April 22, 2012 (KHARTOUM) – A pastor in the Sudanese capital Khartoum confirmed that a group of Islamic fundamentalists attacked his church over the weekend and set it on fire.
- FILE - A man prays during Easter Sunday service at Episcopal Church of the Sudan Diocese of Khartoum All Saints Cathedral in Khartoum April 24, 2011 (Reuters)
"They burned Bibles and torched the school for training clergy on the farm, as well as the residence of the students," Pastor Yusuf Matar Kodi told Agence France Presse (AFP).
Supporters of the group led by hard-line figure Muhammad Abdel-Kareem gathered at 60th Street, a main road of Khartoum, and marched towards the Evangelical Church located in the Sawafi area.
They were met by Sudanese security forces which surrounded the church and prevented the group from entering it by imposing a cordon.
However, some individuals from the group managed to sneak through the barrier and set the church on fire.
The church contains a home for the elderly, clinic, educational classrooms and houses students as well as monks.
Three worship halls that served as public churches were also destroyed, Kodi said, blaming the attack on Islamic extremists.
"They are the only people who do such things," Kodi said. "Bulldozers came inside the farm and removed some trees that have been there for 100 years" he added.
Kodi said he thinks the assault was linked to the government’s announcement on Friday that its forces had defeated South Sudanese troops who had occupied the Heglig oilfield for 10 days.
The pastor claimed said the church has owned the land for a century, but local authorities announced one month ago that they wanted it for a garden and playing field.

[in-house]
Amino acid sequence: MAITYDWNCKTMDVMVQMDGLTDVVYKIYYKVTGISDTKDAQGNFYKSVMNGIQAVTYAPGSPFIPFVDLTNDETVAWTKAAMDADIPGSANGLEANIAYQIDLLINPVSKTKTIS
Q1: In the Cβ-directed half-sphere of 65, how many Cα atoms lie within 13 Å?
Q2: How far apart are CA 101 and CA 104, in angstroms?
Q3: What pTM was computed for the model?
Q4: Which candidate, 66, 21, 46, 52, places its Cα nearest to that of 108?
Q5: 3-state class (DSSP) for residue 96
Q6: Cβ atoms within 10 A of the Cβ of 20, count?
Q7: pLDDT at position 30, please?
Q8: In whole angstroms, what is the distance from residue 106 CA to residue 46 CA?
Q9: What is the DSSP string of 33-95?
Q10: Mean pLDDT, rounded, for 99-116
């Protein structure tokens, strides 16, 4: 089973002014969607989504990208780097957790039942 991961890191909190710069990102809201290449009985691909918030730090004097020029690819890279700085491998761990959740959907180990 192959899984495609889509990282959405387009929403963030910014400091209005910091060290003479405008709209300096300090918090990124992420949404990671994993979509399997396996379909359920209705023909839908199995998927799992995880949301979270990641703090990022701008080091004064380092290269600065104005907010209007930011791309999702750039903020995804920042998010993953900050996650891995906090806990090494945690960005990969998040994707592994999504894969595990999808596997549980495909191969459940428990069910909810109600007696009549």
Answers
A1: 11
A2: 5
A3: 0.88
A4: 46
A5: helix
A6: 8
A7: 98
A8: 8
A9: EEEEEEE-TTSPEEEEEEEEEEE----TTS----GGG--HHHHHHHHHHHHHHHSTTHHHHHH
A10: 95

"Then last Friday the imam of the nearest mosque, in his speech, called the people to go early Saturday and take this land from the church," Kodi said.
A lawyer for the church, Abdel-Moneim Adam, said he has asked for a police investigation into the church attack.
In London a senior official with Darfur’s rebels the Justice and Equality Movement (JEM) said that president Omer Hassan al-Bashir is personally responsible for the incident.
“Bashir has worked to create a reign of terror based on religion and race. He has made many remarks inciting an atmosphere of racial and religious intolerance," said JEM external relations adviser Ahmed Hussein Adam.
“Anyone who thinks that the incident is isolated is wrong. These [extremist] groups are controlled by the National Congress Party (NCP). They unleash them to show the international community what could happen if the regime is ousted. It is their tactic when they feel weakened" Adam said.
The JEM official said his movement condemns “in the strongest possible terms” the church attack adding that it is a clear violation of the universal principle of religious freedom.